[The University of Virginia Medical Center at Charlottesville. A teaching hospital with schools of Medicine and Nursing and Level One Trauma Center. Stock photo.]
This series is for Mishima666, who has waited longer than I promised he would.
The tease: June 24, 2005 Day Planner entry, after the fact: "Hit deer - totaled bike - ended at Trauma Unit, UVA Hosp, Charlottesville, 2 1/2 days - bad scene all around.
What you may have missed:
Part One: http://open.salon.com/blog/monte_canfield/2010/02/19/motorcycling_memories_oh_deer_part_one
Part Two: http://open.salon.com/blog/monte_canfield/2010/02/20/motorcycle_memories_oh_deer_part_two
Part Three: http://open.salon.com/blog/monte_canfield/2010/02/21/motorcycle_memories_oh_deer_part_three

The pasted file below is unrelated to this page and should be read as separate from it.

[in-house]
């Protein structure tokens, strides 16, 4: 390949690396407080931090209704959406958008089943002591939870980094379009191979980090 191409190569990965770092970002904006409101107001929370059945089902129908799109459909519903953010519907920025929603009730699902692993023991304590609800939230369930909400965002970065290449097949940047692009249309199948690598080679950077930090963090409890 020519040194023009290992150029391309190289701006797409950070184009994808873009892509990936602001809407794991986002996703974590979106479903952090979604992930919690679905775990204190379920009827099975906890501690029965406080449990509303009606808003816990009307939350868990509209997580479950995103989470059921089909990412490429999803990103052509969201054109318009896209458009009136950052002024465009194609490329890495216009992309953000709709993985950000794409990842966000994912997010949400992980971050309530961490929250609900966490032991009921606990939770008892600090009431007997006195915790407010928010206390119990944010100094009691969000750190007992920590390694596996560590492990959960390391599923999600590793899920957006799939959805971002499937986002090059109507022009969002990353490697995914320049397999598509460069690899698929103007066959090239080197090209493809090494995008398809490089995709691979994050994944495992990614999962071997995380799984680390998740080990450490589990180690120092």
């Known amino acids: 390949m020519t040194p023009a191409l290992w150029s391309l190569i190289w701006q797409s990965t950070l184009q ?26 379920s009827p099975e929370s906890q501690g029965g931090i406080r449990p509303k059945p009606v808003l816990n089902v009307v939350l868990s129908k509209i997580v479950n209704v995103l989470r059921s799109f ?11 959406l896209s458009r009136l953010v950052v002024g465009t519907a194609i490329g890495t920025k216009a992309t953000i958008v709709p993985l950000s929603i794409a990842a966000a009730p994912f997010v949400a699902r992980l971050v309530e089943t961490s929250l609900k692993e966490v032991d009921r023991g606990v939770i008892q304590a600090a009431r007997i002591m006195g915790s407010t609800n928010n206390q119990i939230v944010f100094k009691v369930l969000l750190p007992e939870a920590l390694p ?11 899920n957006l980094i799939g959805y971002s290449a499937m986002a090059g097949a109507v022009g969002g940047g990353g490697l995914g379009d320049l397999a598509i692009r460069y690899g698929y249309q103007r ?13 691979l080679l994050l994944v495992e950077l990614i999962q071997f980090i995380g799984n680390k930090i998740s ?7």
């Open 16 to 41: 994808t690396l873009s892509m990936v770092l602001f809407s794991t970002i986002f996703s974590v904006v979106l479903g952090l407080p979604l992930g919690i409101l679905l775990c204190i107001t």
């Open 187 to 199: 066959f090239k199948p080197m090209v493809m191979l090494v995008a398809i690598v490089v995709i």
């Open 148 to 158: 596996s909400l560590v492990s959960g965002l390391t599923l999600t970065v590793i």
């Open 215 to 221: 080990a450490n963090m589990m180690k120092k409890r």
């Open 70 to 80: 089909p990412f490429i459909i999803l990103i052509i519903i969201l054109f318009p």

Part Four: http://open.salon.com/blog/monte_canfield/2010/02/22/motorcycling_memories_oh_deer_part_four
Part Five: http://open.salon.com/blog/monte_canfield/2010/02/23/motorcycling_memories_oh_deer_part_five_the_accident
Part Six: http://open.salon.com/blog/monte_canfield/2010/02/25/motorcycling_memories_oh_deer_six_the_accident_ii
Part Seven: http://open.salon.com/blog/monte_canfield/2010/03/01/motorcycling_memories_oh_deer_seven_the_accident_iii
This is the final post in this series.
While I was not aware of it, the doctors must have been weaning the pain meds because I was beginning to feel a lot more pain once I was moved to the step down monitoring room, and I never again got to be watch the docs work on me while I was on the ceiling and they were on the floor. I kind of missed that.